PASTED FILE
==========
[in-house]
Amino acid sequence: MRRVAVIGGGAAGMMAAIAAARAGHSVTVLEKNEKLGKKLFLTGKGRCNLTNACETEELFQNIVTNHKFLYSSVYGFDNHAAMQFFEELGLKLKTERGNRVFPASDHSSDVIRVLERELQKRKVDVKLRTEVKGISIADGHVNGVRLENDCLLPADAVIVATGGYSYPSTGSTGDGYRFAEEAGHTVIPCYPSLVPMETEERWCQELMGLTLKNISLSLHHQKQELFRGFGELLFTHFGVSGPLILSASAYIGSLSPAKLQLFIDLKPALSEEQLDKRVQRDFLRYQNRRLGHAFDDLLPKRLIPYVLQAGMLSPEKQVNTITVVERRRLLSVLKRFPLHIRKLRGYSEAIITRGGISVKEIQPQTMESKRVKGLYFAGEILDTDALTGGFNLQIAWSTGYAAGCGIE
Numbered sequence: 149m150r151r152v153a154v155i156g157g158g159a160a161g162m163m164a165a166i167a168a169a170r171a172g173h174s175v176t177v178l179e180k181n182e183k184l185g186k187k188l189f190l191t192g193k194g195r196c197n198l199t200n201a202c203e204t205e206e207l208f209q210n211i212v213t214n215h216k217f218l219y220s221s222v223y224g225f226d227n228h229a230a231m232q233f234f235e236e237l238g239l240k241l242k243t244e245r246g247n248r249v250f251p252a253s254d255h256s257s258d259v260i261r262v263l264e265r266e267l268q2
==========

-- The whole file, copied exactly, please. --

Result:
[in-house]
Amino acid sequence: MRRVAVIGGGAAGMMAAIAAARAGHSVTVLEKNEKLGKKLFLTGKGRCNLTNACETEELFQNIVTNHKFLYSSVYGFDNHAAMQFFEELGLKLKTERGNRVFPASDHSSDVIRVLERELQKRKVDVKLRTEVKGISIADGHVNGVRLENDCLLPADAVIVATGGYSYPSTGSTGDGYRFAEEAGHTVIPCYPSLVPMETEERWCQELMGLTLKNISLSLHHQKQELFRGFGELLFTHFGVSGPLILSASAYIGSLSPAKLQLFIDLKPALSEEQLDKRVQRDFLRYQNRRLGHAFDDLLPKRLIPYVLQAGMLSPEKQVNTITVVERRRLLSVLKRFPLHIRKLRGYSEAIITRGGISVKEIQPQTMESKRVKGLYFAGEILDTDALTGGFNLQIAWSTGYAAGCGIE
Numbered sequence: 149m150r151r152v153a154v155i156g157g158g159a160a161g162m163m164a165a166i167a168a169a170r171a172g173h174s175v176t177v178l179e180k181n182e183k184l185g186k187k188l189f190l191t192g193k194g195r196c197n198l199t200n201a202c203e204t205e206e207l208f209q210n211i212v213t214n215h216k217f218l219y220s221s222v223y224g225f226d227n228h229a230a231m232q233f234f235e236e237l238g239l240k241l242k243t244e245r246g247n248r249v250f251p252a253s254d255h256s257s258d259v260i261r262v263l264e265r266e267l268q2